Entering the dam, Crane discovers that the Mother has been turned into a sentient volatile. She reveals that the dam was a secret military facility that held a special chemical substance. However, rather than being a cure for the virus, the elixir instead slowly turns whoever uses it into a sentient volatile, like it did to the Mother. During the day, she is able to retain her mental faculties and has been given telepathic abilities in order to communicate, but at night, she becomes an uncontrollable feral monster. The Mother tells Crane that the only way to stop the infection is to summon the God of the Sun to purify the land, sacrificing everybody in Harran in the process. At this point, Crane can choose to either listen to the Mother, or defy her.

If Crane chooses to defy the Mother, the Mother attacks, forces him to drink the elixir and attempts to kill him, but Crane eventually prevails and kills her. Taking what's left of the elixir, Crane leaves the dam, suffering continuous blackouts, and finds himself in a populated area seemingly outside the quarantine, but discovers that his exposure to the elixir has already turned him into a sentient volatile. As night falls, the infected Crane lets out a feral scream as a nearby mother and her children watch in terror.

If Crane chooses to listen to the Mother, she leads him to a nuclear warhead that was originally meant to be a fail-safe to contain the outbreak. Crane inputs the code Atilla had given him, which activates the warhead, presumably destroying all of Harran and killing all of the survivors and infected, taking the virus with them.


The Following was developed by Techland and published by Warner Bros. Interactive Entertainment. According to lead designer Maciej Binkowski, the team decided to implement a dune buggy into The Following as they felt that it was a "fantasy" of the zombie genre, and they missed the opportunity when developing the base game. The process of implementing them was described as "hard", as they must ensure that the new system must work functionally with other gameplay mechanics, most notably the parkour system. The development team looked at players' feedback and requests regarding the first Dying Light, and decided to add the most demanded features, including a new story and new firearms, to the game.[16] The new campaign lasts for at least ten hours, and centers around the theme "mystery".[17] Gameplay elements from The Following were originally part of the core Dying Light game, but were later left behind as the core game was becoming too large for the team to handle. According to Binkowski, the development of the game continued after the release of the first game, and numerous improvements were made to the parkour system, animation, artificial intelligence[18] and graphics.[19]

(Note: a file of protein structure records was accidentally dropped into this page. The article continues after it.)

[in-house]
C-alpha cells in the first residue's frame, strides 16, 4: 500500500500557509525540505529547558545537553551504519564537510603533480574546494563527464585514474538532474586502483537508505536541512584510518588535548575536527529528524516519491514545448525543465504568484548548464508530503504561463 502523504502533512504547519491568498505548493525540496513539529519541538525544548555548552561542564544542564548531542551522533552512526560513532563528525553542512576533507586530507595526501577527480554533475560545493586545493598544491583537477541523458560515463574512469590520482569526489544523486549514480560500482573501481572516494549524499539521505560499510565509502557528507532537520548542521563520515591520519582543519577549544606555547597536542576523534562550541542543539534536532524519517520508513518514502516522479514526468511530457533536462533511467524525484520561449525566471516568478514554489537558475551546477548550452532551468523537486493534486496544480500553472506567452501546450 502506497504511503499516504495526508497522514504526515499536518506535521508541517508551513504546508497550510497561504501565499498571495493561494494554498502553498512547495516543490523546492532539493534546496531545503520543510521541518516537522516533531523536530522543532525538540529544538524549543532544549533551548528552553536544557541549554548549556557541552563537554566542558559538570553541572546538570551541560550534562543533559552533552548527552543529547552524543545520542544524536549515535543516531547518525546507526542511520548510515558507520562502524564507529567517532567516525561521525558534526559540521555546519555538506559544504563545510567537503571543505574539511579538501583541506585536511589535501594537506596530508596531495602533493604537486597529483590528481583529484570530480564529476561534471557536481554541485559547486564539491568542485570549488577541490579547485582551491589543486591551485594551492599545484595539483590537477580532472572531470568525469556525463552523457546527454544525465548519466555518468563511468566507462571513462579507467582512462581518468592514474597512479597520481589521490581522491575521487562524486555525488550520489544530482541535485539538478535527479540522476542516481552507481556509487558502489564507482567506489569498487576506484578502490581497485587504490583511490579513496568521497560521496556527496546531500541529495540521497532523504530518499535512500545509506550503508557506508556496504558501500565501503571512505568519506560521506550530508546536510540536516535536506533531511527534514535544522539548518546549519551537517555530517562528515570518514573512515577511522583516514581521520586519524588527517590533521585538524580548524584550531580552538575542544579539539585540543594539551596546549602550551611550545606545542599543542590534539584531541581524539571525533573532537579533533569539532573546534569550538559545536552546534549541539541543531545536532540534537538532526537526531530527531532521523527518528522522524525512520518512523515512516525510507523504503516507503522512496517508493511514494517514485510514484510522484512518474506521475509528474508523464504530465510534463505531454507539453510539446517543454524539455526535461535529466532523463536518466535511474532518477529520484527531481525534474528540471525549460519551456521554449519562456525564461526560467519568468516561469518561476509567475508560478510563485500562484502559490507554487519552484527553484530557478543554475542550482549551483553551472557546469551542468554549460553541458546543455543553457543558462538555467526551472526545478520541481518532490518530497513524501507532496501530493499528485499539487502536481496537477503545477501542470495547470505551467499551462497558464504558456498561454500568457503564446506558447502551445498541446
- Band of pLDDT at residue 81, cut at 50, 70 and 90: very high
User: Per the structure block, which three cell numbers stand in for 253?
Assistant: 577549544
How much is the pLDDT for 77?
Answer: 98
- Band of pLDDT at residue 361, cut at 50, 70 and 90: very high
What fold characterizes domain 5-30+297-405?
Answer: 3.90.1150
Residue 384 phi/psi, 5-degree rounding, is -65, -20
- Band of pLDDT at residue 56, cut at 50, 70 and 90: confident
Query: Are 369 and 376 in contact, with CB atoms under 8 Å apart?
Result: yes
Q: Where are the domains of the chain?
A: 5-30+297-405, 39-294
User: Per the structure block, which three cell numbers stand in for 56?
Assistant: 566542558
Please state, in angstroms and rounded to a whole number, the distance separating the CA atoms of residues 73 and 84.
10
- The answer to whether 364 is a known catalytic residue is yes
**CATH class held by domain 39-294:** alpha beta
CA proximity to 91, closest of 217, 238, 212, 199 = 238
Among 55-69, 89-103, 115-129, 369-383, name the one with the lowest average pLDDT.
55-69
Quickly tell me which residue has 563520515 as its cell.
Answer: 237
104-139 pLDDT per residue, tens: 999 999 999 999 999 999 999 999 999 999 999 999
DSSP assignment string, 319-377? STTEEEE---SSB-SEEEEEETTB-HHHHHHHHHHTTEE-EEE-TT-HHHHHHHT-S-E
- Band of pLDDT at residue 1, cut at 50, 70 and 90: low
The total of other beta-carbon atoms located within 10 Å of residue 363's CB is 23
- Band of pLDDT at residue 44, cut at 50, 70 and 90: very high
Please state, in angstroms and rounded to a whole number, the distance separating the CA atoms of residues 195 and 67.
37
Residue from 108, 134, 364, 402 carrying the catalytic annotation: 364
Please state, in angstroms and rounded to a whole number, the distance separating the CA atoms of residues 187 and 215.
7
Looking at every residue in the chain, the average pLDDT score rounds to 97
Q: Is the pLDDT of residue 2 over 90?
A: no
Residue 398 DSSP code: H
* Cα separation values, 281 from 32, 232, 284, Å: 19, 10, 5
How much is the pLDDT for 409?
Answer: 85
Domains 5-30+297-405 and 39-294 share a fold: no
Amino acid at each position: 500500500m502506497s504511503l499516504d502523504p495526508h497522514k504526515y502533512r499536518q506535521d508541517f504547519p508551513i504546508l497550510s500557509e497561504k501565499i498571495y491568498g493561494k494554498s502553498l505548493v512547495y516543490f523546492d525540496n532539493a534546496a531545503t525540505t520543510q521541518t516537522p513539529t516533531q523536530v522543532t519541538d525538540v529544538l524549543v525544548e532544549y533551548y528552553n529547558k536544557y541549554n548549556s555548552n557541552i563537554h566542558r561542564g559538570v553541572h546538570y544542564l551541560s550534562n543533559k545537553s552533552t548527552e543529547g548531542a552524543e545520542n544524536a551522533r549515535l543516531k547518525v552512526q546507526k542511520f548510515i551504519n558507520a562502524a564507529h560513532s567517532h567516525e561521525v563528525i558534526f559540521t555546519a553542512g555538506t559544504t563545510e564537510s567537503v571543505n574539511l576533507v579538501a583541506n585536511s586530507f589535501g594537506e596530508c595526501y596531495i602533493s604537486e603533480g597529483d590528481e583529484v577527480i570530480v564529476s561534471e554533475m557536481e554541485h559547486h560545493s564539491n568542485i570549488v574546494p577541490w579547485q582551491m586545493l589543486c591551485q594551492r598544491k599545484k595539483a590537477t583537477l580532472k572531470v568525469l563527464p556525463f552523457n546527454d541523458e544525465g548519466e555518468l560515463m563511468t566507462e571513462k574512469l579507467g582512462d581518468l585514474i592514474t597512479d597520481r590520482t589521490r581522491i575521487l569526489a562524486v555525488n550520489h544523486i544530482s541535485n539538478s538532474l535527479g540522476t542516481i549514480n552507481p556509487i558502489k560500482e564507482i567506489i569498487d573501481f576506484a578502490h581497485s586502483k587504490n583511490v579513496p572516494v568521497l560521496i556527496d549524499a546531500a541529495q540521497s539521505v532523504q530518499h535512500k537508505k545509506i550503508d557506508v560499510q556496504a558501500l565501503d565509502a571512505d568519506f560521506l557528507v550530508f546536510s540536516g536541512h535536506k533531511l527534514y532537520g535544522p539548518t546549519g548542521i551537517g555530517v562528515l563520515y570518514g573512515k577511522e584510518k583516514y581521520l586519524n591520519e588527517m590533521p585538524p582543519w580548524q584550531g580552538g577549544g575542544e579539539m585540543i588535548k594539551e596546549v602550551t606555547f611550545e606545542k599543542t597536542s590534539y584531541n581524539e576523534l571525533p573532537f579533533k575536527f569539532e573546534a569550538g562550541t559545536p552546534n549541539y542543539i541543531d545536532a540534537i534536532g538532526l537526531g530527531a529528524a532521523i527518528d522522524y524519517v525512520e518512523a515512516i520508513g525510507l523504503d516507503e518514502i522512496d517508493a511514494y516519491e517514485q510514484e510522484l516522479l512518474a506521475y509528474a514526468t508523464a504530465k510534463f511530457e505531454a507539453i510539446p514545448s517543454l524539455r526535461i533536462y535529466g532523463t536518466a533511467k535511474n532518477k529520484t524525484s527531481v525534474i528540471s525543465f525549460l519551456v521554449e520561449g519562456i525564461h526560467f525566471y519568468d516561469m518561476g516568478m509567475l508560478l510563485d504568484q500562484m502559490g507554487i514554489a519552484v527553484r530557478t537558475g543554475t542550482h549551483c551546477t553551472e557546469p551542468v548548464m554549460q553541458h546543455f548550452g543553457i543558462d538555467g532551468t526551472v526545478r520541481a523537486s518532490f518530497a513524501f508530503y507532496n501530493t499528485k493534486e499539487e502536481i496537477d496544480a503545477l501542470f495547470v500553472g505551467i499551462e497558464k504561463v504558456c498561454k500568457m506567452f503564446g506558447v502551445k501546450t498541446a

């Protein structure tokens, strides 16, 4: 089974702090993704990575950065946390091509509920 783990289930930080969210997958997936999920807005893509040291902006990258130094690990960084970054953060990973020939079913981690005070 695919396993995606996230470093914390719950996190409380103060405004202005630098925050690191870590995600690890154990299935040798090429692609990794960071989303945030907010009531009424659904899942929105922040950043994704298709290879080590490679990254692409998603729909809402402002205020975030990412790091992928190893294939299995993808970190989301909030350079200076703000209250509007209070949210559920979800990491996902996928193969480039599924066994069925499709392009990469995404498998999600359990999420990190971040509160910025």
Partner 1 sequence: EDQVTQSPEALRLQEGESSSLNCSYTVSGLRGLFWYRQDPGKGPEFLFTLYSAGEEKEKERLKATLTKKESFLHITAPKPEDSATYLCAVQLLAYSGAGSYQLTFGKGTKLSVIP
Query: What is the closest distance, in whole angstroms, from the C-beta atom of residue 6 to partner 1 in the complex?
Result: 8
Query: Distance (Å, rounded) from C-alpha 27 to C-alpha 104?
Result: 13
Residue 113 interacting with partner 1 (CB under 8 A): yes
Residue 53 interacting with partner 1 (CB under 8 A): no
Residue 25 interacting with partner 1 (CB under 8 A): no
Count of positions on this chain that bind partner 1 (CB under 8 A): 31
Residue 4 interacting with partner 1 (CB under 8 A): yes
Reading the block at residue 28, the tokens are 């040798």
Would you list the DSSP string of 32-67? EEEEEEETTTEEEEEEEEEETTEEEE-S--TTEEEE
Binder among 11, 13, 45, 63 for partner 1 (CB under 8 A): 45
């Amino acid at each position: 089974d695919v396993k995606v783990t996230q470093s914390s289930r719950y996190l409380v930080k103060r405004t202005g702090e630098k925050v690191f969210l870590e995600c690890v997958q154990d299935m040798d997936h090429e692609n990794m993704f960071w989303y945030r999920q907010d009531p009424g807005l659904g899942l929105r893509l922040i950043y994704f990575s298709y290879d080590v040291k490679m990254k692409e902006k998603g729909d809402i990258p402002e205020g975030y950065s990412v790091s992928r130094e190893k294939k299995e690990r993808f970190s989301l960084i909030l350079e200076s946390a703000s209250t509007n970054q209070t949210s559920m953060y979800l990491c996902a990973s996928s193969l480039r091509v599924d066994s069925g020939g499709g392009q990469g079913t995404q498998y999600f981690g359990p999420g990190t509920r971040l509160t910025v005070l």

In May 2015, it was announced that the development of another Techland video game, Hellraid, had been put on hold so as to allow the studio to allocate resources and time to concentrate on the development of the Dying Light franchise.[20] The game was teased by Techland on July 23, 2015,[21] before being officially announced a week later.[22] To reflect the increased scope and scale of the expansion, Techland raised the game's price on November 25, 2015.[23] Although the game can be bought separately, it was included in Dying Light: The Following – Enhanced Edition, which bundles The Following with the base game and its downloadable content, except for three DLCs: Harran Ranger Bundle, Gun Psycho Bundle and Volatile Hunter Bundle. Players of the original game can upgrade to the Enhanced Edition for free.[24] The Following is also free for players who have purchased the base game's Season Pass.[25] The Enhanced Edition were released on February 9, 2016.[26]


Dying Light: The Following received "generally favorable reviews" from critics, according to review aggregator Metacritic.

Kevin Dunsmore of Hardcore Gamer gave the game a 4 out of 5 saying, "The Following expands Dying Light in a meaningful new way, giving fans something fun to salivate over."[31] Scott Butterworth from GameSpot rated the game an 8/10 saying, "The Following evolves Dying Light's formula by adding substantial new mechanics that compliment [sic] or even reframe familiar gameplay elements."[30]

The extension got to number 5 in the US downloads chart.[32]


  1. ^ Copeland, Wesley (February 2, 2016). "Dying Light: The Following Now Has Internaitonal Release Dates". IGN. Retrieved April 26, 2020.
  2. ^ Pereira, Chris (January 28, 2016). "Dying Light DLC's New Area Is Twice as Big as the Original Game's". GameSpot. Retrieved January 29, 2016.
  3. ^ Purchese, Robert (August 13, 2015). "Dying Light expansion The Following announced". Eurogamer. Retrieved January 27, 2016.